Massive Biloxi project restores damaged water, sewer system

Published: May. 15, 2012 at 9:44 PM CDT|Updated: May. 24, 2012 at 3:32 PM CDT
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BILOXI, MS (WLOX) - It's being called the largest infrastructure project in Biloxi's history and much of the work is going on underground.

After six years of planning, work is finally underway to replace all the water, sewer, and drainage lines that were damaged by Hurricane Katrina.

Expect to dodge torn-up streets and sidewalks throughout Biloxi as crews install new water and sewer lines. It's part of a massive project totaling about $355 million.

"Just looking at the amount of lines, the area that you're covering. The complexity of how this ties together, and the existing infrastructure that you're working around. For the city the size of Biloxi, this is probably 30 years worth of work condensed into a very short time frame," said Marvin Dalla Rosa, Program Manager for HNTB.

The engineering firm was hired by the city to oversee the Restore Biloxi Project. The design work started in 2009, but the project had to be put on hold until funding from FEMA became available last year.

Crews are replacing more than a million feet of water, sewer, and storm drain lines that were damaged by Katrina. Much of the work is concentrated in the hardest hit area of east Biloxi.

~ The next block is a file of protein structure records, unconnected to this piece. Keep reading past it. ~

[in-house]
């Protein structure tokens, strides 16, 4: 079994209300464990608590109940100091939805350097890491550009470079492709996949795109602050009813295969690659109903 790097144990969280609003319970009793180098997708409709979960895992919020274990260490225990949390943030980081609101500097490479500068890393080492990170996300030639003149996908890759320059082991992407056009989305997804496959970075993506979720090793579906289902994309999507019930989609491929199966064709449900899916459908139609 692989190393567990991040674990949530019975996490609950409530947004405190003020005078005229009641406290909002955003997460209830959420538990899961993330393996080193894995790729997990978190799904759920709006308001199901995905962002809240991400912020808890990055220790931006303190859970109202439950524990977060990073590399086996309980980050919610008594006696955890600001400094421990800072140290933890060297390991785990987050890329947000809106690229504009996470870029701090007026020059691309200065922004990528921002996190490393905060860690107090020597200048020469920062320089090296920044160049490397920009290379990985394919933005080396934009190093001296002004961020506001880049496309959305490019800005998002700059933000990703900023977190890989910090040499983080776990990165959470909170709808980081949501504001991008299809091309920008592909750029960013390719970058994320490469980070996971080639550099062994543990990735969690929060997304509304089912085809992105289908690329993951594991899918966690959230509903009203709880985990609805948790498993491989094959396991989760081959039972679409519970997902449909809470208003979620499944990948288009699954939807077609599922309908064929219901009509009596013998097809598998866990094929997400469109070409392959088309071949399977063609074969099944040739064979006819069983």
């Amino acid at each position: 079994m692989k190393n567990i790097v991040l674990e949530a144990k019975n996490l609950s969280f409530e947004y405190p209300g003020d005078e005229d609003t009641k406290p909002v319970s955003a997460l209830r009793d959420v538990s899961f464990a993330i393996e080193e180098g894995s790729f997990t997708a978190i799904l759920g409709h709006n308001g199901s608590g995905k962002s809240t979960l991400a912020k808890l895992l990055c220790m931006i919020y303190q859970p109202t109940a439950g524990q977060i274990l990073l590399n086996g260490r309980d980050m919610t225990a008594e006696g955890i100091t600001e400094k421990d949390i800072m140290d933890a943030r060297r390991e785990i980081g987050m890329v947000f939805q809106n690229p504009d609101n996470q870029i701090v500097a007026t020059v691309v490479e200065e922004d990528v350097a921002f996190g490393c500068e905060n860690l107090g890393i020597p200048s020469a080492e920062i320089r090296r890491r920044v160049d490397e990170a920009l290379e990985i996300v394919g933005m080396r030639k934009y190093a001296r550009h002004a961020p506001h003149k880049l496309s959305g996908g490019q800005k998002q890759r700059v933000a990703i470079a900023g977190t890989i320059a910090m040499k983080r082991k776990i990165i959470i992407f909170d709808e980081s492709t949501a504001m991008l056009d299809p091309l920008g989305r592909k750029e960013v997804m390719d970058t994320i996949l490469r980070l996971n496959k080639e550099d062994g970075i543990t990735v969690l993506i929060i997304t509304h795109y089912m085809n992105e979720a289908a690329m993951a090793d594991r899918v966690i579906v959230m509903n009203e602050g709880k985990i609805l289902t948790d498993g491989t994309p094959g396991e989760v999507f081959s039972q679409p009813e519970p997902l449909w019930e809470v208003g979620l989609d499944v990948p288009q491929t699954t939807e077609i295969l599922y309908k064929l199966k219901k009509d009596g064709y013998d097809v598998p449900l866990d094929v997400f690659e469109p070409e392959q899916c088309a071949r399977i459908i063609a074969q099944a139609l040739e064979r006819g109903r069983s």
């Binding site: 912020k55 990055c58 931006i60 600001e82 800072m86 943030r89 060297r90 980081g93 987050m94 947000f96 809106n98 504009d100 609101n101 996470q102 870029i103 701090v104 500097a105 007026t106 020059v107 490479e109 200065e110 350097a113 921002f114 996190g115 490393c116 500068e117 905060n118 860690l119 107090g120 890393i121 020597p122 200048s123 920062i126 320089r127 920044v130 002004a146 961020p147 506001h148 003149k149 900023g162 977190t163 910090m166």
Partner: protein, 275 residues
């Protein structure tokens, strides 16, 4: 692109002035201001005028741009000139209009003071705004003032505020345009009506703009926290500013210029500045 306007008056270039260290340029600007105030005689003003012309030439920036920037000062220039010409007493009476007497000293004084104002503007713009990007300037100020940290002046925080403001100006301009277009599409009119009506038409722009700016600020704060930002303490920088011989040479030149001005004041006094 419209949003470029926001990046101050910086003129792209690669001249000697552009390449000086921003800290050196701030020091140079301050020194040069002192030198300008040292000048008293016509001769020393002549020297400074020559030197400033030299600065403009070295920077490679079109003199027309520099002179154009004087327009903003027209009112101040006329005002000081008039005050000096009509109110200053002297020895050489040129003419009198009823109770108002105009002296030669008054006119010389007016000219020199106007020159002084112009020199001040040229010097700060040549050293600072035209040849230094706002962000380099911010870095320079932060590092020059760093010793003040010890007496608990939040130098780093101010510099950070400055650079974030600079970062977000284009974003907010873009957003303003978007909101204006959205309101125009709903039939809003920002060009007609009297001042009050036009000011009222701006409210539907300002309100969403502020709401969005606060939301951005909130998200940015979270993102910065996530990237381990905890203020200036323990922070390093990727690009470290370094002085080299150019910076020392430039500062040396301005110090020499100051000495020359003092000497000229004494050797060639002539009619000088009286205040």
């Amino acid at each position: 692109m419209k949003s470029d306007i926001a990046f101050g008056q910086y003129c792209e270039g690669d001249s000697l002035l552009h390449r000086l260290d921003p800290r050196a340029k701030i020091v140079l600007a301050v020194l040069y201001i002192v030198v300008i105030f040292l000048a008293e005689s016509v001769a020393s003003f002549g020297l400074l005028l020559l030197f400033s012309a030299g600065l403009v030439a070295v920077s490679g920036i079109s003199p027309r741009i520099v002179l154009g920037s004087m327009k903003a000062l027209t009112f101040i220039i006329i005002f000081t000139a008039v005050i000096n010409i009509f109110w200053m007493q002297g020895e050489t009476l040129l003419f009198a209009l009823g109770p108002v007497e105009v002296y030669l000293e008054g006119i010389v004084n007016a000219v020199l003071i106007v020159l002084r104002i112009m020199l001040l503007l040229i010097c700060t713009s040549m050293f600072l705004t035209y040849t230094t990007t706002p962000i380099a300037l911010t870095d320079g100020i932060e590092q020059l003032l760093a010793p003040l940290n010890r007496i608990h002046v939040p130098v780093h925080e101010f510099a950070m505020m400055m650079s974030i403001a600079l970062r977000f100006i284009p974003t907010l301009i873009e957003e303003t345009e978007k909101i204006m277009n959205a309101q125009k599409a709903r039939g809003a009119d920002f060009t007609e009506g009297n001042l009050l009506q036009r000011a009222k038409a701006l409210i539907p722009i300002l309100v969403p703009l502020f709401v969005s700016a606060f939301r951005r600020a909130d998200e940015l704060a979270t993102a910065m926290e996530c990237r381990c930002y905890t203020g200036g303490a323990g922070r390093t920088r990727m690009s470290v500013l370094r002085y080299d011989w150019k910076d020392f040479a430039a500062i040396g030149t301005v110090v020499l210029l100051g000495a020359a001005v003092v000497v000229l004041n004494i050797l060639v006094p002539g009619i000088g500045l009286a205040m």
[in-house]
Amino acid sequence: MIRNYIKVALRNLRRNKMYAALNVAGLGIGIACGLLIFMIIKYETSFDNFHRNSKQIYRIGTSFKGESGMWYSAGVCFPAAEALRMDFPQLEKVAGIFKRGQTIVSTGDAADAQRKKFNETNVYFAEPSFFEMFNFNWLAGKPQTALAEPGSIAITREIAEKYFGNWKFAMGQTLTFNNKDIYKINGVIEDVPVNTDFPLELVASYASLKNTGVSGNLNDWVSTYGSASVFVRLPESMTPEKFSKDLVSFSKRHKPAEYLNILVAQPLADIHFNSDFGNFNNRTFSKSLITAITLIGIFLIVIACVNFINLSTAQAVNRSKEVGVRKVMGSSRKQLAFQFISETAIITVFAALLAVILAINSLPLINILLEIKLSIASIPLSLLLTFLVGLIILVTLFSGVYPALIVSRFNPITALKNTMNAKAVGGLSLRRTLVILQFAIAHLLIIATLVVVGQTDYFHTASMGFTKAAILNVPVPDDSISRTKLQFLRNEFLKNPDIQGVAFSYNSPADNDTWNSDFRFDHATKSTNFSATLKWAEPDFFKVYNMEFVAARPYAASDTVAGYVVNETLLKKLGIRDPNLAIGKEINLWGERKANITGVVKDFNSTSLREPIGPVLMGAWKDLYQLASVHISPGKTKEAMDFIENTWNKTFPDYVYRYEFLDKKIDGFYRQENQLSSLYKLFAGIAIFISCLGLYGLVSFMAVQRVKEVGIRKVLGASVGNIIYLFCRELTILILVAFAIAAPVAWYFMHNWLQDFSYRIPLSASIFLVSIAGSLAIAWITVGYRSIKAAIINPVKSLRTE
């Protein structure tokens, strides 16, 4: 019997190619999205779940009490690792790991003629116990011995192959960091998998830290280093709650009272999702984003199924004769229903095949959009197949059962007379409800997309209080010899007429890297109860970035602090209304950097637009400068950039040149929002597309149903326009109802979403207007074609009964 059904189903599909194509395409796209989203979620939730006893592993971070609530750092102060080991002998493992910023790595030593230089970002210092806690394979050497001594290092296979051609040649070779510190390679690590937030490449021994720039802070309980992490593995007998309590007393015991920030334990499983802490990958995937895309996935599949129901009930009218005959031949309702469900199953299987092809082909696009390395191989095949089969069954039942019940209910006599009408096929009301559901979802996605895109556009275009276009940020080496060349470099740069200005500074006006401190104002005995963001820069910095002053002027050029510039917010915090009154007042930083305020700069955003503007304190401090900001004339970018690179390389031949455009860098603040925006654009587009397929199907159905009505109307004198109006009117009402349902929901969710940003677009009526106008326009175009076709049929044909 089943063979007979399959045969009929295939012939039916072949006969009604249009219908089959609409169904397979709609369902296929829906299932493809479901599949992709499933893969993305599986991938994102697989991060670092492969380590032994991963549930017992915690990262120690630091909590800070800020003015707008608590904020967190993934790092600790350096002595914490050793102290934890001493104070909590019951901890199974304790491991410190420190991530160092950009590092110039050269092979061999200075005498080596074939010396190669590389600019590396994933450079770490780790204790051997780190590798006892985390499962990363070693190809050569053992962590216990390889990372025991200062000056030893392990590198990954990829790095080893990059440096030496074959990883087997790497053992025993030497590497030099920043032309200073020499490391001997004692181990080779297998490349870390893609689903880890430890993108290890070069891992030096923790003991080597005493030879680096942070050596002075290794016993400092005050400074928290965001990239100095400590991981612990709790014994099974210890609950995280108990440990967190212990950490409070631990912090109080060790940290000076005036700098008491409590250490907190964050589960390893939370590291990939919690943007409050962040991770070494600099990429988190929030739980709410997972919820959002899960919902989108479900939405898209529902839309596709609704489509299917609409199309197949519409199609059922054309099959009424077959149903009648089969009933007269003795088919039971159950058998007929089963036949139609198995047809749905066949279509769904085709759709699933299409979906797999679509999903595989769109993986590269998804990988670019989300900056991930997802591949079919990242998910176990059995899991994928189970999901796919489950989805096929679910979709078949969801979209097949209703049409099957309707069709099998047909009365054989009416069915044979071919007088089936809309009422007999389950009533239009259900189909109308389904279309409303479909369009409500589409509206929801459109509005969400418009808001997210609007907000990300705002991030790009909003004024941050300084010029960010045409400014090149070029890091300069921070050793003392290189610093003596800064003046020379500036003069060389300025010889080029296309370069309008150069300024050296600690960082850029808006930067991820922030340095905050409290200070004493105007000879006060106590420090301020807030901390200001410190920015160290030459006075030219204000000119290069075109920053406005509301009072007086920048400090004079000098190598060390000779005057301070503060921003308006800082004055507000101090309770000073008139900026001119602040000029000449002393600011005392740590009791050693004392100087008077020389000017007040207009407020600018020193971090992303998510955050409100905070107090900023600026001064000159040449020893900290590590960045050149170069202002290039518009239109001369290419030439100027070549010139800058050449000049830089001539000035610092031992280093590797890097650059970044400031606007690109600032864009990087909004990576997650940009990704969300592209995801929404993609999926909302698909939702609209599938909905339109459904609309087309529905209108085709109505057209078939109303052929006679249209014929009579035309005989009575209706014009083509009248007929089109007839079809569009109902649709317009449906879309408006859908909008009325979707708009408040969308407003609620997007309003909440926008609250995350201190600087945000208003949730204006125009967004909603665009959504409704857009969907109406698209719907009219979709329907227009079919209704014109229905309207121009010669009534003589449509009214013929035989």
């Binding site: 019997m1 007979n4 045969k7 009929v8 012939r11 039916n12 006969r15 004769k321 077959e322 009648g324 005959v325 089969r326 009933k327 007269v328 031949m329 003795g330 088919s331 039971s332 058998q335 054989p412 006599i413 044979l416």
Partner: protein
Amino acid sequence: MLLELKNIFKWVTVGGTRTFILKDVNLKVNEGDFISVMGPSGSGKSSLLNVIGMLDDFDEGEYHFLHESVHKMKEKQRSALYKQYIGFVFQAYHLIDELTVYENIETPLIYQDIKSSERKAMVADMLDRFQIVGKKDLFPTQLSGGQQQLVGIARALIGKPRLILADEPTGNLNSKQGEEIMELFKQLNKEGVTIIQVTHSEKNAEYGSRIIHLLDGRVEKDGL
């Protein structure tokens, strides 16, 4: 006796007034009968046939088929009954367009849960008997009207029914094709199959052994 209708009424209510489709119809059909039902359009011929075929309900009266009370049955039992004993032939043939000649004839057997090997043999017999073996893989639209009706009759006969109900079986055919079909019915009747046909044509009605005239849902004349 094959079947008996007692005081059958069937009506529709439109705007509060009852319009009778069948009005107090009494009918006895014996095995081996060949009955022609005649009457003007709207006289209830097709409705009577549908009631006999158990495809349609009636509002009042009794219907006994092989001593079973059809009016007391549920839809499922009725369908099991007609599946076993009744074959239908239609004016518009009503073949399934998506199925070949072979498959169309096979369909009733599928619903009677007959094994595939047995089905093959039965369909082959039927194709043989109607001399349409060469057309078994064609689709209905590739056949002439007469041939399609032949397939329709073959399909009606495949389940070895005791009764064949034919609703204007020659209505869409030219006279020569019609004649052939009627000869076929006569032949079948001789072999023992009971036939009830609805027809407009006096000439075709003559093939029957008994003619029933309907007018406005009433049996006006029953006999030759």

"Especially in the older parts of town, a lot of areas that were damaged, the lines in place are not up to city code and standards. They'll be replaced with the current code and standards for flow and fire protection," said Dalla Rosa.

The project includes replacing hundreds of fire hydrants and bolting down manhole covers to protect them from sand and other debris.

About 75 damaged pump stations will also be affected. Twenty-five to 30 of them will be eliminated and replaced with a more efficient system that relies on gravity to move wastewater instead of pumps.

The other lift stations will be consolidated or repaired with new pumps, piping, and elevated control panels. That means the temporary diesel pumps being used in certain areas now will soon disappear.

"All the pumps are better prepared to handle a storm. And you got some that have back-up generation, so you won't have the overflow conditions that you had after the storm," said Dalla Rosa.

The system will help the city bounce back faster after a storm, and it provides a stronger foundation for growth. The entire project should be completed by the end of 2015.

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